Robyn Chadwick, president of Ascension Via Christi St. Joseph in Wichita, urged a House and Senate committee to approve funding for a new 50-bed hospital for patients with acute mental illness and to support a $22 million request for Ascension for 20 more emergency room beds for psychiatric patients. (Kansas Reflector screen capture from Kansas Legislature’s YouTube channel)
TOPEKA — A patient in mental health crisis undergoing treatment at the overcrowded Ascension Via Christi St. Joseph in Wichita brutally attacked a nurse checking his vital signs.
“He comes off the bed and grabs her neck and he is intent on squeezing the life out of her,” said Robyn Chadwick, president of Ascension Via Christi St. Joseph. “Before he completely had his hands tight around her neck she was able to get out a squeal.”
Her cry for help summoned other staff members who subdued the patient at south-central Kansas’ largest provider of acute mental health services. The violent incident was a symptom of overcrowding in the Ascension hospital’s emergency room and a reminder of the longstanding shortage of bed space at state mental hospitals in Osawatomie and Larned, Chadwick said.
She endorsed construction of a 50-bed behaviorial health facility in Sedgwick County, a proposal under consideration Tuesday by a House and Senate committee.
The catch, Chadwick said, was additional hospital beds wouldn’t automatically close the statewide gap in access to mental health services because of staffing shortages plaguing health care facilities in Kansas.
She recommended the state invest in development of nurses, social workers, counselors and other health workers by offering in-state tuition rates to nonresidents, creating student loan forgiveness programs and modifying licensing and certification protocol to allow reciprocity with other states. The state needs to expand eligibility for Medicaid to provide wider insurance coverage of lower-income individuals and generate revenue for hospitals struggling to recruit and retain staff, she said.
“I have great anxiety and trepidation about adding a 50-bed hospital,” Chadwick said. “I don’t know how we would staff it.”
Sedgwick County officials requested an appropriation of $40 million from the Legislature for construction of the regional behavioral health facility. In addition, Gov. Laura Kelly recommended the state budget include $15 million to support the project.
Separately, Ascension Via Christi St. Joseph submitted a proposal to the Legislature for $22 million to expand its emergency room. The objective is to incorporate a 20-bed psychiatric safe area at the hospital to better segregate patients in the emergency room, she said.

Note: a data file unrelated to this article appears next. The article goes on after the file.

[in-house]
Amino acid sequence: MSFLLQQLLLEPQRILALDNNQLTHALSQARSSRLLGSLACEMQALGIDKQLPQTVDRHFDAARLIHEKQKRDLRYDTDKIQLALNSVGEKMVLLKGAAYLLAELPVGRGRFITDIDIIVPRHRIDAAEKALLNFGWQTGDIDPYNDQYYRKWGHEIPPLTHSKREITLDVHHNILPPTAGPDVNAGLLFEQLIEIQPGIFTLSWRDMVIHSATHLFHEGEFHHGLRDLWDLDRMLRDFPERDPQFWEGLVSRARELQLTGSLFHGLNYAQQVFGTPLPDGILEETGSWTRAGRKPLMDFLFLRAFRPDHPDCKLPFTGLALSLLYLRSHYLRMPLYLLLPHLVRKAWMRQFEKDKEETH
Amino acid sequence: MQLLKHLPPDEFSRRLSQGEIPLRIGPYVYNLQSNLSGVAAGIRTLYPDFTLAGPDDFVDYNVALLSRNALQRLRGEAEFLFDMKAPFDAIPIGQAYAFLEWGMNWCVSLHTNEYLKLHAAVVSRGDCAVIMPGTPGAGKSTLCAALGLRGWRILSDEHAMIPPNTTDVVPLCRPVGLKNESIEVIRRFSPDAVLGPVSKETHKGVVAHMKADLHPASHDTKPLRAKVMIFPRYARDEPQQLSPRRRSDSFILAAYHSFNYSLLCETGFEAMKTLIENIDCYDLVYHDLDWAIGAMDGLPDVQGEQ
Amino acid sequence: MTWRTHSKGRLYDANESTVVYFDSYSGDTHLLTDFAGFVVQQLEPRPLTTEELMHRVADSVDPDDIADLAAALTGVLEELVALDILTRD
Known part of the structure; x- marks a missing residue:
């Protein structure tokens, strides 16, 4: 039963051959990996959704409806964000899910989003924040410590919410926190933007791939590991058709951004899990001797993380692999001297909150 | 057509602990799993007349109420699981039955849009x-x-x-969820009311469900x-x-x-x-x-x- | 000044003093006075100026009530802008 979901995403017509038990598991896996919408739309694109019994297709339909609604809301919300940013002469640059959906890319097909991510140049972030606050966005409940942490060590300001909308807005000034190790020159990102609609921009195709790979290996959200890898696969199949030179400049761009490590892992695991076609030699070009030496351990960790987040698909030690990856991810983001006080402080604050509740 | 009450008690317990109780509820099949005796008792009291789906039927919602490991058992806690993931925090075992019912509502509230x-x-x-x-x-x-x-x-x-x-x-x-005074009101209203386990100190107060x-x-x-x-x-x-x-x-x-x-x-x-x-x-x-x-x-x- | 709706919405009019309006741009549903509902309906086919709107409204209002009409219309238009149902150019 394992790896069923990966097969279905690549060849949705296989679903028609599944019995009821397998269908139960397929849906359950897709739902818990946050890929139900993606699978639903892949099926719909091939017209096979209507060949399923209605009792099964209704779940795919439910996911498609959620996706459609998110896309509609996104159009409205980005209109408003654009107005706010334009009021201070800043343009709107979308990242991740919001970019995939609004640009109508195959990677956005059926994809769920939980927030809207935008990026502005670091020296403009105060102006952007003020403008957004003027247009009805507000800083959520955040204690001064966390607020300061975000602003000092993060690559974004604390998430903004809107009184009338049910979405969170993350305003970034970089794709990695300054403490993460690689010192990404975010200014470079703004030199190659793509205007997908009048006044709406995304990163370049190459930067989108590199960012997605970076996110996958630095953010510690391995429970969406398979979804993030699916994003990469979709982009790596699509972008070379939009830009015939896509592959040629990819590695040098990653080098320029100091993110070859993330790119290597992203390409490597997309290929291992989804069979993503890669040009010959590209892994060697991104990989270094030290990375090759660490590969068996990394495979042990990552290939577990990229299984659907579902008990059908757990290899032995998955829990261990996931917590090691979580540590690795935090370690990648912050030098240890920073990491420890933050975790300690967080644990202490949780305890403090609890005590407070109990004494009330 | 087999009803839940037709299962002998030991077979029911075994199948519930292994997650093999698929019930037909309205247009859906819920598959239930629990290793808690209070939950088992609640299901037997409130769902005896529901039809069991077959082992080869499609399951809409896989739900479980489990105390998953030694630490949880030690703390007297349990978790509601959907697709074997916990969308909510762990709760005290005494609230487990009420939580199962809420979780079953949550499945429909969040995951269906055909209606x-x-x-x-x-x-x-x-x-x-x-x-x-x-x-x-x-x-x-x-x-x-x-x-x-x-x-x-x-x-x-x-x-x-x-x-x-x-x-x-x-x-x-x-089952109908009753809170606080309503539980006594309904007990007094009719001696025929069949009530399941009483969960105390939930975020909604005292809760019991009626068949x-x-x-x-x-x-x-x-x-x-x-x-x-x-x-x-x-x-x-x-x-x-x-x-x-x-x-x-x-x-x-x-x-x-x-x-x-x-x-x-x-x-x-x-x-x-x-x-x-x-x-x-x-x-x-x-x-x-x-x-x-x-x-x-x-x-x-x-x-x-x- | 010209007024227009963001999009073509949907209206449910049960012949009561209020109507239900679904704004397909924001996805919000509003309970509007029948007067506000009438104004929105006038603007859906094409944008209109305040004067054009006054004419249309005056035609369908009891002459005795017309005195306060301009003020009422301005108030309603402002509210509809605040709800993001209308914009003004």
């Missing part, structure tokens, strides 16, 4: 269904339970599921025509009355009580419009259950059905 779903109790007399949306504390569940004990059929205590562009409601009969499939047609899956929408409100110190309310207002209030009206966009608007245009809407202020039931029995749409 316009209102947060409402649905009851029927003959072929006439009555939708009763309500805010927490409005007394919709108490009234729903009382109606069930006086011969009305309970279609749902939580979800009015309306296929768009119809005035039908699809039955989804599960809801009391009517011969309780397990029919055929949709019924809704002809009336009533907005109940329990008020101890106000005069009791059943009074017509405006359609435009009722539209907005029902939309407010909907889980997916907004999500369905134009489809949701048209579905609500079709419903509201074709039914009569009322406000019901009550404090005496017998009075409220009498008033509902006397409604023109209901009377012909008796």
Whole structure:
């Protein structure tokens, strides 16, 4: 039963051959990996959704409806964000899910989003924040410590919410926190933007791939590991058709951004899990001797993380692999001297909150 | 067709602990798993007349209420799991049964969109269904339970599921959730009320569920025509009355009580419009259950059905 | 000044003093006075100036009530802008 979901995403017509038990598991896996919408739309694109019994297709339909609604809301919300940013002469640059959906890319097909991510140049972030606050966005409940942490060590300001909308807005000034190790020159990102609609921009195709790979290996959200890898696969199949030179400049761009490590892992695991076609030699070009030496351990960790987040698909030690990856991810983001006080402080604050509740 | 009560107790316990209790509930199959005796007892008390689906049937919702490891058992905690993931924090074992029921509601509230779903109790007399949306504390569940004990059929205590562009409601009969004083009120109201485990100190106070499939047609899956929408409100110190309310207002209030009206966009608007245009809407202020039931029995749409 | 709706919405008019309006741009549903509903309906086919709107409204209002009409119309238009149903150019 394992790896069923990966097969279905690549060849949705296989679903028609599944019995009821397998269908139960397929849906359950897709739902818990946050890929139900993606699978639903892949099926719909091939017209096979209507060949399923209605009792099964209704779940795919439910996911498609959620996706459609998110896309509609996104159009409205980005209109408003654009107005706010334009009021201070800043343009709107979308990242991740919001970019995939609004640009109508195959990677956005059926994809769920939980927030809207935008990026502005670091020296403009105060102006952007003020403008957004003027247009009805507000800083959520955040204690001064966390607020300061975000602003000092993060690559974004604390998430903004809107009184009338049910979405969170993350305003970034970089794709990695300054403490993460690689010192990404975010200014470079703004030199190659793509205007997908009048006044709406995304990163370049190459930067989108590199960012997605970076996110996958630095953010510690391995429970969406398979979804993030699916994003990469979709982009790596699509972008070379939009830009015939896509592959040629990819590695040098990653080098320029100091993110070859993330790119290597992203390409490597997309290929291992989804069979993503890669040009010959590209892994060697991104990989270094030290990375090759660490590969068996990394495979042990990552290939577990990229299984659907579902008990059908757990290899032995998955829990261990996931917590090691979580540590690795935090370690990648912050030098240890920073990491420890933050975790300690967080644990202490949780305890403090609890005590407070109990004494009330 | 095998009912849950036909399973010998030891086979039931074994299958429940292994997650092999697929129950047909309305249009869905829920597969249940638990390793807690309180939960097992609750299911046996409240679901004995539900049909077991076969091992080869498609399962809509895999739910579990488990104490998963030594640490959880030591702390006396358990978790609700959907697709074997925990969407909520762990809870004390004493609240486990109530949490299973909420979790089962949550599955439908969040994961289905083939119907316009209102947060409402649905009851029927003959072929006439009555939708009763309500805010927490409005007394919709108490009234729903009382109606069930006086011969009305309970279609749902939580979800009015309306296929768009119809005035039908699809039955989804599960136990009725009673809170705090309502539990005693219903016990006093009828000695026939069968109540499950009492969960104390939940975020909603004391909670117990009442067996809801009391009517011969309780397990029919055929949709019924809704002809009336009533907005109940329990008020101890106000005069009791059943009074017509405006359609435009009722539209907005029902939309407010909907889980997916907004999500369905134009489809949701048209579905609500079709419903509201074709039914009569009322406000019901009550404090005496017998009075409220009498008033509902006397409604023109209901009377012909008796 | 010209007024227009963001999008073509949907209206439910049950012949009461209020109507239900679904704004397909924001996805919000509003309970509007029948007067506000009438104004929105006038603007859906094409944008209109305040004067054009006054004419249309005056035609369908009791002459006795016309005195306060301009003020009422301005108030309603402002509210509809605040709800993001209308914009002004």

Rep. Kyle Hoffman, a Coldwater Republican on the joint committee studying mental health bed space issues, asked Chadwick whether it was necessary to add a new state psychiatric hospital and expand at Ascension Via Christi. Chadwick said hundreds of Wichita hospital beds devoted to patients with mental health challenges had been lost during the past 30 years.
“I truly believe both are needed,” Chadwick said. “We will stay in this business, but we need your help to do it.”
Laura Howard, secretary of the Kansas Department for Aging and Disability Services, said the state concentrated in recent years on investments in community-based initiatives that included crisis stabilization centers and mobile crisis teams working to divert people from in-patient hospital care.
Funding approved for renovation at Osawatomie State Hospital will increase bed capacity there from 163 to 218 within 18 months, she said. Expanding Larned State Hospital wasn’t practical because the local labor supply was insufficient to staff more beds, she said.
However, Howard told legislators the sustained high volume of people with serious mental health conditions was straining health care systems and law enforcement agencies. A new state hospital in Wichita could be justified because nearly 20% of patients admitted to the state hospitals at Osawatomie and Larned come from Sedgwick County, she said.
“There’s a lot of reasons why Sedgwick County makes a lot of sense if we’re looking at the cost of adding beds,” Howard said.
Amy Campbell, who works for the Kansas Mental Health Coalition, said Kansas had too few hospital beds for people requiring acute psychiatric care. In 2019, a report recommended Kansas add 131 to 172 beds to treat patients with chronic mental health challenges.
“We must have in-patient beds within our mental health system in order to properly serve people who have serious mental illness,” she said.
She said the Legislature for many years ignored budget requests for more hospital staffing, modernization of facilities and bed capacity.
Rep. Henry Helgerson, D-Wichita, said details remained to be worked out before the Legislature signed off on a new state hospital. He said construction and operating budgets needed to be hashed out and questions remained about whether the hospital staff would be state employees.
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